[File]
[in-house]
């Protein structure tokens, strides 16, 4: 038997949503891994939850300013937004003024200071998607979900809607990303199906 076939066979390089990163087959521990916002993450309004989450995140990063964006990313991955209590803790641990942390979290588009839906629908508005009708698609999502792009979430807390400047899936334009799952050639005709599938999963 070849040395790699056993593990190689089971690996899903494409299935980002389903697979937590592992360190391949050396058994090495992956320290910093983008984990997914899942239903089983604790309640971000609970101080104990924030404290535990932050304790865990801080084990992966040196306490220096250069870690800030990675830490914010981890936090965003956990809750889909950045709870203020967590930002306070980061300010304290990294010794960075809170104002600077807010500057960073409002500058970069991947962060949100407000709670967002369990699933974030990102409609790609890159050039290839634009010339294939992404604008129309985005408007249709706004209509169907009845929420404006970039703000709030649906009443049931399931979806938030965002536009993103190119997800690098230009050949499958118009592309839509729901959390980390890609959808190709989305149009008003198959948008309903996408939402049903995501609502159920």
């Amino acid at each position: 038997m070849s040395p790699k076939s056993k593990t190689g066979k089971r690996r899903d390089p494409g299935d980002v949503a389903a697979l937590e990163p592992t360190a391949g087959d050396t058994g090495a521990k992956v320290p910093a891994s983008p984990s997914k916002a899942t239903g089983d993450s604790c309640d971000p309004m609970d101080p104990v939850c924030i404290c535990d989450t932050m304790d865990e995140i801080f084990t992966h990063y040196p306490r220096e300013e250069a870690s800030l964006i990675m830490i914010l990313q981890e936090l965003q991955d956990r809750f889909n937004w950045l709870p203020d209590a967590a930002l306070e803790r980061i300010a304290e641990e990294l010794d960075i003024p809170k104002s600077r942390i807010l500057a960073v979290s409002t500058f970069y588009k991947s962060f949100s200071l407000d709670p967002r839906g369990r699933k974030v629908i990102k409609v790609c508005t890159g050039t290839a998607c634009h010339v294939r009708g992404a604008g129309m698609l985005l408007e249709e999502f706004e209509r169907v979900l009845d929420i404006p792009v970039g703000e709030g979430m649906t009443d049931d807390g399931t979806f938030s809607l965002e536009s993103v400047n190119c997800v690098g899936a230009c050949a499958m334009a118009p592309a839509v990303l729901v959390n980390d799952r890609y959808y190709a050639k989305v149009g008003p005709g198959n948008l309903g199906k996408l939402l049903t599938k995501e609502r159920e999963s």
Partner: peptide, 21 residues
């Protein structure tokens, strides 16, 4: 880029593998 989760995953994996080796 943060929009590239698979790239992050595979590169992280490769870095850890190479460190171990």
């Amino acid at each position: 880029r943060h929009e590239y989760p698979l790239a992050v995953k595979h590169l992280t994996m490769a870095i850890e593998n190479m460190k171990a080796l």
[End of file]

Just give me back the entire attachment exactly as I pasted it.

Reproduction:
[in-house]
């Protein structure tokens, strides 16, 4: 038997949503891994939850300013937004003024200071998607979900809607990303199906 076939066979390089990163087959521990916002993450309004989450995140990063964006990313991955209590803790641990942390979290588009839906629908508005009708698609999502792009979430807390400047899936334009799952050639005709599938999963 070849040395790699056993593990190689089971690996899903494409299935980002389903697979937590592992360190391949050396058994090495992956320290910093983008984990997914899942239903089983604790309640971000609970101080104990924030404290535990932050304790865990801080084990992966040196306490220096250069870690800030990675830490914010981890936090965003956990809750889909950045709870203020967590930002306070980061300010304290990294010794960075809170104002600077807010500057960073409002500058970069991947962060949100407000709670967002369990699933974030990102409609790609890159050039290839634009010339294939992404604008129309985005408007249709706004209509169907009845929420404006970039703000709030649906009443049931399931979806938030965002536009993103190119997800690098230009050949499958118009592309839509729901959390980390890609959808190709989305149009008003198959948008309903996408939402049903995501609502159920």
């Amino acid at each position: 038997m070849s040395p790699k076939s056993k593990t190689g066979k089971r690996r899903d390089p494409g299935d980002v949503a389903a697979l937590e990163p592992t360190a391949g087959d050396t058994g090495a521990k992956v320290p910093a891994s983008p984990s997914k916002a899942t239903g089983d993450s604790c309640d971000p309004m609970d101080p104990v939850c924030i404290c535990d989450t932050m304790d865990e995140i801080f084990t992966h990063y040196p306490r220096e300013e250069a870690s800030l964006i990675m830490i914010l990313q981890e936090l965003q991955d956990r809750f889909n937004w950045l709870p203020d209590a967590a930002l306070e803790r980061i300010a304290e641990e990294l010794d960075i003024p809170k104002s600077r942390i807010l500057a960073v979290s409002t500058f970069y588009k991947s962060f949100s200071l407000d709670p967002r839906g369990r699933k974030v629908i990102k409609v790609c508005t890159g050039t290839a998607c634009h010339v294939r009708g992404a604008g129309m698609l985005l408007e249709e999502f706004e209509r169907v979900l009845d929420i404006p792009v970039g703000e709030g979430m649906t009443d049931d807390g399931t979806f938030s809607l965002e536009s993103v400047n190119c997800v690098g899936a230009c050949a499958m334009a118009p592309a839509v990303l729901v959390n980390d799952r890609y959808y190709a050639k989305v149009g008003p005709g198959n948008l309903g199906k996408l939402l049903t599938k995501e609502r159920e999963s």
Partner: peptide, 21 residues
């Protein structure tokens, strides 16, 4: 880029593998 989760995953994996080796 943060929009590239698979790239992050595979590169992280490769870095850890190479460190171990």
């Amino acid at each position: 880029r943060h929009e590239y989760p698979l790239a992050v995953k595979h590169l992280t994996m490769a870095i850890e593998n190479m460190k171990a080796l």